Ignis murmured wordlessly, feeling along the length of the collar. After the weight of the brown leather one he'd worn since he was twelve, this felt very much like being naked. He no longer noticed the collar he was used to. In time, he'd get used to this, too. “A dress collar will feel uncomfortable after this,” he admitted.

Gladio murmured thoughtfully, and looked over the other collars on display. He picked up another, that was equally soft leather folded and stitched so it was thicker and heavier without being wider, with a sturdier clasp. “How about this?” he asked, removing the first collar and clipping the second around Ignis's throat in its place.

Ignis stroked this one with his fingers and gave a small nod. “Better,” he agreed. He could tell that there was something there, although it was so light and soft compared to what he was used to that it still seemed barely there.

Gladio smiled at him. “That one then,” he said, happily, and replaced the rejected collar on the shelf. He pocketed Ignis's old collar, and the leash attached to it, and walked towards the counter. The assistant had taken her place there, just out of sight, but able to see if they tried to leave, and she looked up at them with a smile as Gladio asked, “Have you got any wrist leashes?”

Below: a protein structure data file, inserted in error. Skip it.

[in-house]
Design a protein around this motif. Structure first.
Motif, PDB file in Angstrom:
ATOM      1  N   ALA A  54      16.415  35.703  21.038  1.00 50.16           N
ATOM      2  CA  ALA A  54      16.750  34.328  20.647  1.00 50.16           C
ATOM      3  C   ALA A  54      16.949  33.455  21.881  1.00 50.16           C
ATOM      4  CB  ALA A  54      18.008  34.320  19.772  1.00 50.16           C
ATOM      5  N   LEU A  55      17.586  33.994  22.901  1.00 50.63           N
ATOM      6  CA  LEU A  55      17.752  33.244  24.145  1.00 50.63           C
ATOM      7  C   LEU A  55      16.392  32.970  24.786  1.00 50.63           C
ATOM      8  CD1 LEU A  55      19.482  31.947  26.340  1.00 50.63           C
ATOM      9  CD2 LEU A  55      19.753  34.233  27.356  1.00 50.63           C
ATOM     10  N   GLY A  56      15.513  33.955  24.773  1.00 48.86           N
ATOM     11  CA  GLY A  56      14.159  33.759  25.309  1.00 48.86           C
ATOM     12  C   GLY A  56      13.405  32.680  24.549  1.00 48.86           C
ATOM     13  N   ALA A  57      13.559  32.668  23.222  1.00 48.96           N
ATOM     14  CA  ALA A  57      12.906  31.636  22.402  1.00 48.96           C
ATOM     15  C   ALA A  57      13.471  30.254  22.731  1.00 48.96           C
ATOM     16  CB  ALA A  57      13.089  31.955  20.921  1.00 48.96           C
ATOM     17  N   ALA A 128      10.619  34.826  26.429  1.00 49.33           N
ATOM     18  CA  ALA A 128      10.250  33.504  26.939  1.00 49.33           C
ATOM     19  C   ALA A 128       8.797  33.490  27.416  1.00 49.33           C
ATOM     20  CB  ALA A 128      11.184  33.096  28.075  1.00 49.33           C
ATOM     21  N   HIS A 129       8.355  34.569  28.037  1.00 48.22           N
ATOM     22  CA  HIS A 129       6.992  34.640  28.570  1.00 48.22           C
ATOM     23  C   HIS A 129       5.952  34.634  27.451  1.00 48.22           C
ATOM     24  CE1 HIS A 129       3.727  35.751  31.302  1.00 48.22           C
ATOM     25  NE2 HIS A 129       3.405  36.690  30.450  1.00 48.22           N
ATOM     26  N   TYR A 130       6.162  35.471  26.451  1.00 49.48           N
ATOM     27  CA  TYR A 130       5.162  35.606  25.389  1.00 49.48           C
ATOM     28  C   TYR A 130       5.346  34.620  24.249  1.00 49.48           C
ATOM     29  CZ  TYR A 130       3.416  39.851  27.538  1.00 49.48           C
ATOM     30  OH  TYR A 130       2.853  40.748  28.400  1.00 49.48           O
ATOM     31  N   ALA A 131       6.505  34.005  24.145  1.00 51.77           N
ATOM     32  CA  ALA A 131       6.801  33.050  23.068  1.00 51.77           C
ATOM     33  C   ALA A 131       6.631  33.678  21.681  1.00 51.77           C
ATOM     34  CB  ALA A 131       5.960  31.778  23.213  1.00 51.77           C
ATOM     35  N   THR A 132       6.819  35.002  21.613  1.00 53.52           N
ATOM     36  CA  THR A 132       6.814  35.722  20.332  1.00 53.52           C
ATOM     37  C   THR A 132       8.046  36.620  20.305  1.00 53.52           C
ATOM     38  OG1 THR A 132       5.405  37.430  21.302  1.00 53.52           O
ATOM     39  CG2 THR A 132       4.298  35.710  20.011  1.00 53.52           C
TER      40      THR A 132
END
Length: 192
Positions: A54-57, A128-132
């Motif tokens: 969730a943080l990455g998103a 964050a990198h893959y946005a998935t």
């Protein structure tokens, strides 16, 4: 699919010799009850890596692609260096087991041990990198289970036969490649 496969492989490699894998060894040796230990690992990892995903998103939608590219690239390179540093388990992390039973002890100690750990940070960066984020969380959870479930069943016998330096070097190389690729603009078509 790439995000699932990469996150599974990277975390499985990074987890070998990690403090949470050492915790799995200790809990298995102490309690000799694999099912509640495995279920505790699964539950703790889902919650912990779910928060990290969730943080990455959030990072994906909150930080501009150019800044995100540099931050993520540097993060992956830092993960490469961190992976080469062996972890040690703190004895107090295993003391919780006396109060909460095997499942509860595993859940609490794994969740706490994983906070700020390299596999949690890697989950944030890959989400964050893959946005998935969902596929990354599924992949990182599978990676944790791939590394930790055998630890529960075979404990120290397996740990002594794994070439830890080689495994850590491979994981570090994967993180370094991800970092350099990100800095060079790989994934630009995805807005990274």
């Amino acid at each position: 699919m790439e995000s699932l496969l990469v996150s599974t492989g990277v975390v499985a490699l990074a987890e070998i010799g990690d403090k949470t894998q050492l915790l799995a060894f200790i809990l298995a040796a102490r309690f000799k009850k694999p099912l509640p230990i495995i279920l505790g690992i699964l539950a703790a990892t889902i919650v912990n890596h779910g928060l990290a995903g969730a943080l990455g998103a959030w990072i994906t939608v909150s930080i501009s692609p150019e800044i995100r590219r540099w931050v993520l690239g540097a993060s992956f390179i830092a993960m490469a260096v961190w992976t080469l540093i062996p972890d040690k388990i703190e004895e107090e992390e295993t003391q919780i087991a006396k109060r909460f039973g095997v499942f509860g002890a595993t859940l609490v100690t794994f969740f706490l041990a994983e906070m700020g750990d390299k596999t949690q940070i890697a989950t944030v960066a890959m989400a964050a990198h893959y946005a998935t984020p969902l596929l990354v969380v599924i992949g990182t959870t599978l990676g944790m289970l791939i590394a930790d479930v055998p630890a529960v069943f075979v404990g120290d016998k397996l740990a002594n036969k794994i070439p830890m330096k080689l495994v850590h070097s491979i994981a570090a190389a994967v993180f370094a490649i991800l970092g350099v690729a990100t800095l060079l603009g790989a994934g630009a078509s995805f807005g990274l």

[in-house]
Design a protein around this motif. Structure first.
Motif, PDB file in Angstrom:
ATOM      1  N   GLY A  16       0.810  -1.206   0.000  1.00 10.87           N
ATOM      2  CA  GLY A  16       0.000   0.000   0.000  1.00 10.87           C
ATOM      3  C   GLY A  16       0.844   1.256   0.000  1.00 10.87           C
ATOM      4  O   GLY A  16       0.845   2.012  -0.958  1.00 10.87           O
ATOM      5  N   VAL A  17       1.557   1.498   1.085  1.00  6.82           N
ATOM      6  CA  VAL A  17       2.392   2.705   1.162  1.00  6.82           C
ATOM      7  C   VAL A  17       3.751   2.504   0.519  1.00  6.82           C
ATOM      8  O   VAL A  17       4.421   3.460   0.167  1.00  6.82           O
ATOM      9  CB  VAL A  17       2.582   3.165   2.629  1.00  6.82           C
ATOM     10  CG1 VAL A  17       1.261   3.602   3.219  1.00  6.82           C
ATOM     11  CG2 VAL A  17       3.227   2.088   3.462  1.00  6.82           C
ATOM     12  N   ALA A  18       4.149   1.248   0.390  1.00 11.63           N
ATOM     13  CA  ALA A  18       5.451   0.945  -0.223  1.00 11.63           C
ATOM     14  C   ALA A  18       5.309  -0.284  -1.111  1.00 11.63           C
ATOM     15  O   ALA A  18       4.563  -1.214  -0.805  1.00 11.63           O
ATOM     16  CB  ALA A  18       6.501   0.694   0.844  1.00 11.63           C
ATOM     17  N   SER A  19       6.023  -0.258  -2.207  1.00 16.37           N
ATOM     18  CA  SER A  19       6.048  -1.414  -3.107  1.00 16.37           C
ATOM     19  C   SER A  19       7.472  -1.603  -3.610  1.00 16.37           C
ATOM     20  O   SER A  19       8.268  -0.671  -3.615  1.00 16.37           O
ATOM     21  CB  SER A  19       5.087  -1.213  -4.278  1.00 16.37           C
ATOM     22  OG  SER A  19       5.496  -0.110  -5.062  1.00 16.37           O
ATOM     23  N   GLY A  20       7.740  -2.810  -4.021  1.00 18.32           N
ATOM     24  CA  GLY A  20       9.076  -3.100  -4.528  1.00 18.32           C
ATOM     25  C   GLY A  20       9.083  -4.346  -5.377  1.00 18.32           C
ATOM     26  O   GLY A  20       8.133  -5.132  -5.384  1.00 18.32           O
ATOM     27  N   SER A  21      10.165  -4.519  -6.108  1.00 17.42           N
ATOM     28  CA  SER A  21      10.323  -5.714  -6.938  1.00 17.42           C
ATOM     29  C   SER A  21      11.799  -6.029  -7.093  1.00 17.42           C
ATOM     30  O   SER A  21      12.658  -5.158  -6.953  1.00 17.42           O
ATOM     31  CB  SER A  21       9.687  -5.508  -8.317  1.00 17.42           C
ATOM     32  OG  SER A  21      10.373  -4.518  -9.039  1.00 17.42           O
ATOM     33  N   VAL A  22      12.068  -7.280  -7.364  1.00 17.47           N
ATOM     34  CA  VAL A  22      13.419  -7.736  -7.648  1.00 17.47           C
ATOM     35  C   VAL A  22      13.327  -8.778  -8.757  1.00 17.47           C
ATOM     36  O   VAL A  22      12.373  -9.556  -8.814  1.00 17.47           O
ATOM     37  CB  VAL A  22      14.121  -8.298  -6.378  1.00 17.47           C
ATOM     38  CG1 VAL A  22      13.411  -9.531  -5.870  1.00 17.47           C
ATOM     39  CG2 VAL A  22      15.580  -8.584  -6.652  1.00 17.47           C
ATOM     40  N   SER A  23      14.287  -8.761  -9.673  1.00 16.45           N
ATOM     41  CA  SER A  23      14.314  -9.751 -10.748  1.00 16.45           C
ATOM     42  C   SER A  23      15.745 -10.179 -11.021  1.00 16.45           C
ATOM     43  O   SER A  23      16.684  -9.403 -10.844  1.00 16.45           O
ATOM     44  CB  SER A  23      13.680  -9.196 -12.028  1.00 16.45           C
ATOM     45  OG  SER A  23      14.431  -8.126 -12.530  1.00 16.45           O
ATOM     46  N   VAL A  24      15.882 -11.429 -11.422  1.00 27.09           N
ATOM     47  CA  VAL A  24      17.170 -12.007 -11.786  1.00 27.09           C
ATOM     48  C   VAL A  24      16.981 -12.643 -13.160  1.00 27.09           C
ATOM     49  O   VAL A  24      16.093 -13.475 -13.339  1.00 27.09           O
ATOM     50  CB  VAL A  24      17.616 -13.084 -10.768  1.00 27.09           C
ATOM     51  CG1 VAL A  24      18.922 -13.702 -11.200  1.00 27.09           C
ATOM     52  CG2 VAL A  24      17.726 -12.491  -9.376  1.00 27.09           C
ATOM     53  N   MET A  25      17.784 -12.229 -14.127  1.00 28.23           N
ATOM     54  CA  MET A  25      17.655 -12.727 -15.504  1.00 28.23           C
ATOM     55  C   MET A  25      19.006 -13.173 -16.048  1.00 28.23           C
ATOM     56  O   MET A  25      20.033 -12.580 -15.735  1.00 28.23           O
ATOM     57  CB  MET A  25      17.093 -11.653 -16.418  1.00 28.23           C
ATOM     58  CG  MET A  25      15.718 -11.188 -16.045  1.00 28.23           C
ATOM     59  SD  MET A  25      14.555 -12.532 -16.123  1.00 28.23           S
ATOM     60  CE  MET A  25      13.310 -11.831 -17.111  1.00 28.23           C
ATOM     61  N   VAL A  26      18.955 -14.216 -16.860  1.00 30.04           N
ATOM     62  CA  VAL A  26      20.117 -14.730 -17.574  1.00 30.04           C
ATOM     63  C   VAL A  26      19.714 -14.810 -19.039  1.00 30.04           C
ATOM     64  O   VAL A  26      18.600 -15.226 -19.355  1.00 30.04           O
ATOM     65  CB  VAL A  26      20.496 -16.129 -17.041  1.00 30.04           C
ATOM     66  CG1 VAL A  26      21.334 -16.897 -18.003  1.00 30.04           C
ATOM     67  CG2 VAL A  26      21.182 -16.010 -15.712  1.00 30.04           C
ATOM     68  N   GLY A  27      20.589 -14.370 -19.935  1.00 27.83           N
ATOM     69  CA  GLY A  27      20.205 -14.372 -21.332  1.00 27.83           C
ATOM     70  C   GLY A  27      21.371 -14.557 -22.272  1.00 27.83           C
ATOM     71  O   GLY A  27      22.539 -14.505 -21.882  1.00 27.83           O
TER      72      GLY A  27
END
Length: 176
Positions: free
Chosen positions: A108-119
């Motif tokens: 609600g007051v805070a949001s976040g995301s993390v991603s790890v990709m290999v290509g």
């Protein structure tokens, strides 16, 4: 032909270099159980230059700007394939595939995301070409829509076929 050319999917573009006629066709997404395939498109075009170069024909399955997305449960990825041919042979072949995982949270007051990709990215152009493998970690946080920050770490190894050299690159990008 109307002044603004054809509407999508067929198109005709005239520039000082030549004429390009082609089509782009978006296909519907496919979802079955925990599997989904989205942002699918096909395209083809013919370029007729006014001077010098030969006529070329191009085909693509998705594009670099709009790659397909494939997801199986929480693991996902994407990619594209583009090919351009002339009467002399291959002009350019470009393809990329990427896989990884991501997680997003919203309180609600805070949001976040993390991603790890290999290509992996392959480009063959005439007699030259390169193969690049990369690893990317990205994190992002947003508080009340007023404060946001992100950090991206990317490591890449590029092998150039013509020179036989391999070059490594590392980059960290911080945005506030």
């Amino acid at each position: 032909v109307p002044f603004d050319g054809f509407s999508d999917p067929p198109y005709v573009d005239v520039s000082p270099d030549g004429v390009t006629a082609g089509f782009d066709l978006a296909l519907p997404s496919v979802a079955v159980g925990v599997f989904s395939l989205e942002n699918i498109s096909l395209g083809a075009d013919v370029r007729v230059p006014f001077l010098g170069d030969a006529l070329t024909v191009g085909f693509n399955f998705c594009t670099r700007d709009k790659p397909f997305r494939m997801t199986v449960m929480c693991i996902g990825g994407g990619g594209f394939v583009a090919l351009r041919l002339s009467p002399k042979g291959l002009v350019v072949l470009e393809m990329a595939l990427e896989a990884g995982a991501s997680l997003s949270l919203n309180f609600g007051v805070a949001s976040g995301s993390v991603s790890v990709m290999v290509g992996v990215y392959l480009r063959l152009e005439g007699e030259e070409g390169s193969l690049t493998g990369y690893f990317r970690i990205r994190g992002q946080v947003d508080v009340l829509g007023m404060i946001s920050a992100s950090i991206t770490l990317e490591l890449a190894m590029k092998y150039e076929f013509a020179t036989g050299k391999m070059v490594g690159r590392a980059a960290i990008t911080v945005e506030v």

Ignis's face hadn't stopped burning from Gladio removing his collar yet, but they gave a renewed effort at Gladio asking for that. The assistant gave an indulgent smile, and Ignis wished they were somewhere he could argue with Gladio about the matter. “We do,” she said, coming back out from behind the counter and giving Ignis a look over that made him want to hide behind Gladio, “how long do you want the leash?”

Gladio glanced at Ignis, and then turned to the assistant. “I just don't want to be strangling him every time I move my arm.”

“He's your first collar, isn't he?” the assistant asked, turning her appraising gaze onto Gladio. Gladio scratched the back of his neck and gave a grin in response, and she nodded. “You can't be too soft on them, you know,” she advised, beckoning him to a different corner of the shop. “Collars need rules and boundaries, it's good for them.”

Gladio wrinkled his nose behind her back. “I just hate the leashes.”